For group lunches or solo dining, The Deli prepares (and also delivers) sandwiches as does the more posh Hanoi Gourmet . Bui Thi Xuan is home to a concentration of com bias, rice stands where patrons select from a display of prepared foods including grilled meats, fried fish, shrimp, various pickled and blanched greens, and sauteed tofu, and mix them with rice.
Mid-afternoon grazers flock to the Ciao Cafe for pastries and light bites, sit at the lakeside balcony at Co Ngu Bar for sinh tos (fruit juices), and sip coffee topped with frothy egg whites at the tucked-away Cafe Pho Co. Tea drinkers should sample some of the 73 varieties brewed at the See Wan Ton Teahouse.
Bars & Casual Dining
The bars at Emperor Restaurant (enchanting scenery), La Salsa Tapas Bar and Restaurant (great olives) and La Brique (fine wines) are stylish, upscale places to enjoy a pre-dinner drink. Each presents a refined menu that might entice you to stay for dinner.
Casual eating en masse proves popular as locals and foreigners stretch the early evening hours. The easily adjoining tables, large menus and low prices of bia hois (beer halls) make these Hanoi institutions popular places for large groups. A few places currently en vogue include Quan Bia Minh , Bia Hoi Dai Nam , Cua Hang Bac Nam Bia Hoi and 60 Ly Thuong Kiet Street. For a truly Vietnamese gastronomical experience, assemble a group for a "dogs dinner" at Anh Tu Thit Cho Restaurant. As dog is the only option there, vegetarians might want to try Com Chay Nang Tam Vegetarian Restaurant and meet up with their carnivorous friends later.
Couples seeking romantic settings, travelers on business accounts and those impressing out-of-town guests frequent Indochine and Nam Phuong -two classy Vietnamese restaurants housed in French villas. Splashy non-Asian places include Il Grillo , the Red Onion Bistro and the Press Club Restaurant.
When quantity is your main objective try the ribs and pub grub at Al Fresco's or the Vietnamese buffet at the classy Brother's Cafe . Stomachs never leave empty after a hearty Indian meal at Tandoor .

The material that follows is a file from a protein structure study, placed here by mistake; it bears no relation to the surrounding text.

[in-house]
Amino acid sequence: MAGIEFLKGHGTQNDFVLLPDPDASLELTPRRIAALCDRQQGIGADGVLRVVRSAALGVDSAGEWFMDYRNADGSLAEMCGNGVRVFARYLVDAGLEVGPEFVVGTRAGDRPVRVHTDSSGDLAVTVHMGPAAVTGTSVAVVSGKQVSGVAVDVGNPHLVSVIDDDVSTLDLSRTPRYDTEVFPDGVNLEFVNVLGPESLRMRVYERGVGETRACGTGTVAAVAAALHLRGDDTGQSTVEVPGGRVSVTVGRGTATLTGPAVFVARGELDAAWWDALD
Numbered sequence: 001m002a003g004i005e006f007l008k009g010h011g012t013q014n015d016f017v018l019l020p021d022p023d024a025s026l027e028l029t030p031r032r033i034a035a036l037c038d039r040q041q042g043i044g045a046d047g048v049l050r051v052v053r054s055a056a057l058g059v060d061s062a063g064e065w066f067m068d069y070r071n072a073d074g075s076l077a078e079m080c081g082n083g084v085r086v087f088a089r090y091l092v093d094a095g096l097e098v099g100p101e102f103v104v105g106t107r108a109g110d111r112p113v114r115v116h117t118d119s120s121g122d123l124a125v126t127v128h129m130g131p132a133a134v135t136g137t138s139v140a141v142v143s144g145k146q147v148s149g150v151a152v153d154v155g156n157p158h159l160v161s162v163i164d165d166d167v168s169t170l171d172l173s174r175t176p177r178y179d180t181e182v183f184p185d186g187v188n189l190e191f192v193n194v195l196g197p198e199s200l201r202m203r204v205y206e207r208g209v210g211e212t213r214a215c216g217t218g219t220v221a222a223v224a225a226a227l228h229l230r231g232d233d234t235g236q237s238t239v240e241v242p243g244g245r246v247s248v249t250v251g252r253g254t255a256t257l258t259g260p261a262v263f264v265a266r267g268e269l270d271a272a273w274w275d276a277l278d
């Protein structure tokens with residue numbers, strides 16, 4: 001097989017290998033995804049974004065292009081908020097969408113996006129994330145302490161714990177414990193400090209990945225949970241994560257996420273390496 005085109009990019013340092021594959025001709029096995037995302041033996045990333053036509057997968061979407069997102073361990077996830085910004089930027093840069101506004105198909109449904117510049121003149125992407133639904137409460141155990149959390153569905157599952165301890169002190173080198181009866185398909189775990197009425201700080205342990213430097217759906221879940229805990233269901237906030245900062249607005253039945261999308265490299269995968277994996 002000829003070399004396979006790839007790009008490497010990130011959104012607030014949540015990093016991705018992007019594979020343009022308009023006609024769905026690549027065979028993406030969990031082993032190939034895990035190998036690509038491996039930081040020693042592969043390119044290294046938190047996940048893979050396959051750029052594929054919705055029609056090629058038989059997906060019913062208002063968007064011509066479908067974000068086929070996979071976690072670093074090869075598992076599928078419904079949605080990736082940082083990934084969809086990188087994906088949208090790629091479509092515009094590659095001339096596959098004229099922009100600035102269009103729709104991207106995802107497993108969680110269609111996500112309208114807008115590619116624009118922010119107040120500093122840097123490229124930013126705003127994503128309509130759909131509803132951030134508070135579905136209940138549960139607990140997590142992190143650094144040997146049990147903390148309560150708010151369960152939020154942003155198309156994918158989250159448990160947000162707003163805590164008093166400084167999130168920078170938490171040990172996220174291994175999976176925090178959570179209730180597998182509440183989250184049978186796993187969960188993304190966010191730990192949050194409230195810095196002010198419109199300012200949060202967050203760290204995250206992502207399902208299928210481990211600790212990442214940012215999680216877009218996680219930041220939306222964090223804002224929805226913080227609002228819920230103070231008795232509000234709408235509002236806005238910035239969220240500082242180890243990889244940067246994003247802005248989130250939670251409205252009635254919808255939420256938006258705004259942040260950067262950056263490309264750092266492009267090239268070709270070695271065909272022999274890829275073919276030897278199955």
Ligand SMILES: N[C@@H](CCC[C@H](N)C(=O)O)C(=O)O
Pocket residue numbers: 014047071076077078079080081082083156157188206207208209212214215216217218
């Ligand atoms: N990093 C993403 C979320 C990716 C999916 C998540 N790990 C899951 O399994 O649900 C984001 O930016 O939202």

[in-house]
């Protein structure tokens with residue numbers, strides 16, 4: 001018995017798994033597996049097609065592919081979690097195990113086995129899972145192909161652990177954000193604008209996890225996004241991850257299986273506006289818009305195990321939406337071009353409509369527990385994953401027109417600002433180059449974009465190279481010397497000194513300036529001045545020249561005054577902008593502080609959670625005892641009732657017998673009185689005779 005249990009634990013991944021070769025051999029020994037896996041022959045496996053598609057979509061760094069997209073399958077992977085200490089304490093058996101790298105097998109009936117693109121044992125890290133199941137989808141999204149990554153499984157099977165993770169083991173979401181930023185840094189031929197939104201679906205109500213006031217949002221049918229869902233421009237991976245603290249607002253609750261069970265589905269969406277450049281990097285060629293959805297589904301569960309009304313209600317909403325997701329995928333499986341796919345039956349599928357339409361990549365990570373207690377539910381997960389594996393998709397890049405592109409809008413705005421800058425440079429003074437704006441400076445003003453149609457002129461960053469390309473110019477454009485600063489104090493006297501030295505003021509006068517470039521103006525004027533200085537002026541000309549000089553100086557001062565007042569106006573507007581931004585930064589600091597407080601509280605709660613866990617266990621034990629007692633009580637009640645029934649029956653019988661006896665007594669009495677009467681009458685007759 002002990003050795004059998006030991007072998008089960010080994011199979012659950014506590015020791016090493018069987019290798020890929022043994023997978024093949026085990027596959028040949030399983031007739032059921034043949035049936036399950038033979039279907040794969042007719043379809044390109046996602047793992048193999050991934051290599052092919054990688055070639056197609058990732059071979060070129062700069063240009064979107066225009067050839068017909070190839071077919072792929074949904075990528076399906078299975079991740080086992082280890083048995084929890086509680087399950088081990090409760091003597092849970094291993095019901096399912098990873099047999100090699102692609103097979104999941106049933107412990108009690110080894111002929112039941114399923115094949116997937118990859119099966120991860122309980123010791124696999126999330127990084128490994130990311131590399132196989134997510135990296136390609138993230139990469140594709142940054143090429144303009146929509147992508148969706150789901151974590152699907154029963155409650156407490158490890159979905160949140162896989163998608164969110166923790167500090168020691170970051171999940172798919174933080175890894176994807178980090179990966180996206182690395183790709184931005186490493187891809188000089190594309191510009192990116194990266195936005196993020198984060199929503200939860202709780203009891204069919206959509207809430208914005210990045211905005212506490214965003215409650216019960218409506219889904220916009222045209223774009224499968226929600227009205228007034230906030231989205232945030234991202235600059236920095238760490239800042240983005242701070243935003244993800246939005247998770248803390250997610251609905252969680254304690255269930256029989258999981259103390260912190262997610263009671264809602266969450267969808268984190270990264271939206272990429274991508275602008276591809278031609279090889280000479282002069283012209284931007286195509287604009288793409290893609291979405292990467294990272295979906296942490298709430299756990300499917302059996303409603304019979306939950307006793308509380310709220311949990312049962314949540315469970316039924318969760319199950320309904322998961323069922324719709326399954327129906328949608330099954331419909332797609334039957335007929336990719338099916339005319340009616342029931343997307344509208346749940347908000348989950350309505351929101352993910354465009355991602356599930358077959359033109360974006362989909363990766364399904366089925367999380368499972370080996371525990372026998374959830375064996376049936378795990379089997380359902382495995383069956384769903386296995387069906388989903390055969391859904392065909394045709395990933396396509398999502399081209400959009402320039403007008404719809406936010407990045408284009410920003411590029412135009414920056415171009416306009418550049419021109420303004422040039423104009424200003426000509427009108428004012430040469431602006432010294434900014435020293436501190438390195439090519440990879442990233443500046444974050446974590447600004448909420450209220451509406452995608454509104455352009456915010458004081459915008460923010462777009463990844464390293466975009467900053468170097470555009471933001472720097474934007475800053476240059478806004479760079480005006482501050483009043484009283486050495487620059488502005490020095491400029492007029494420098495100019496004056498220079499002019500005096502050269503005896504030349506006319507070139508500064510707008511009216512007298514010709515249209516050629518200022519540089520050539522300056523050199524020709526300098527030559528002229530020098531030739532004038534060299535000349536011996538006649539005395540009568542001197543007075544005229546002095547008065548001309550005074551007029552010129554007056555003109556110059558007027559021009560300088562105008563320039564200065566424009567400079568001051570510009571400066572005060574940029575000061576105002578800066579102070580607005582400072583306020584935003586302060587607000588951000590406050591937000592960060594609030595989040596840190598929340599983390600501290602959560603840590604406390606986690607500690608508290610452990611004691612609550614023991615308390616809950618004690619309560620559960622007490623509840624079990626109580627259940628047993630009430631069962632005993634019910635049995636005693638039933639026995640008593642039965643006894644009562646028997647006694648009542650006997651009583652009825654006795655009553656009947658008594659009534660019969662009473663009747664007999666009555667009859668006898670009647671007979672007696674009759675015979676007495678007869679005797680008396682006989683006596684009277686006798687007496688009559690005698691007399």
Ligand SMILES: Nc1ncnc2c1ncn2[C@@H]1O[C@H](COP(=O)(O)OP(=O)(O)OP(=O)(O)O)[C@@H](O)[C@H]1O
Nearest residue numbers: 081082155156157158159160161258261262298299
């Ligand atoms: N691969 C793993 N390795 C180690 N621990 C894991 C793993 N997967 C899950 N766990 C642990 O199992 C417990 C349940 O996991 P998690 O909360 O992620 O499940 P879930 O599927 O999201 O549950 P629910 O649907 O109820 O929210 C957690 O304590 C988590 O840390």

For sweets Vietnamese style, try the soupy blends of creamy and crunchy textures ladled over ice at Che Sai Gon. Traditionalists can enjoy the cool richness of Fanny's ice cream while circling Hoan Kiem Lake or the soft-serve cool treats at Kem Kiwi Ice.
Vietnamese couples sit in the quiet shadows under the trees at Dak-Linh Cafe , drinking teas and juices while foreigners tend to frequent the pricier Thuy Ta Cafe. Both boast prime spots on the edge of Hoan Kiem Lake for watching the night scene unfold and digest the day's events.
Hanoi spreads over 2,000 square kilometers, but most important sites lie in compact areas. Walking can be daunting, with the onslaught of motorcycles, but in fact is relatively easy. The traffic in Hanoi moves like a snake in that it appears to continually move, sliding around things if they get in the way. However, when crossing a road, go slowly and carefully-any sudden movements may cause a domino effect!
Below are suggestions for touring the labyrinth-like Old Quarter, the major landmarks of Hanoi, and for those with more time, try a trip around West Lake that takes in the rural suburbs. The first two tours could be by foot, bicycle or for a leisurely experience, try a cyclo. The third offers a longer trip those with a bicycle or motorcycle.
Old Quarter Walking Tour
The Old Quarter offers one of the most fascinating inner-city areas in Vietnam and is well worth exploring. It is based around 36 streets, each named after the merchandise sold there. To some extent this tradition continues, although Hang Gai might just as likely sell CDs these days as silk.
This walk covers only about three kilometers but could take around two hours. The streets are a maze, so bring a map. The tour begins at St. Joseph's Cathedral , completed in the 1880s. It stands at the end of Nha Tho, which is fast becoming one of Hanoi's trendiest streets with its fashionable foreign restaurants and boutiques. A walk along the right-hand side of the cathedral, takes you through alleyways that offer an interesting insight into Vietnamese daily life. Turn right onto Thanh Phu Doan and across Hang Bong Street and you will come to an open intersection with Hang Da Market to your left. As with most Vietnamese markets, it makes for an interesting stroll. Piles of fresh vegetables, animal entrails and slices of pig fat fill the hall. The Market also reveals a good spot for buying pottery.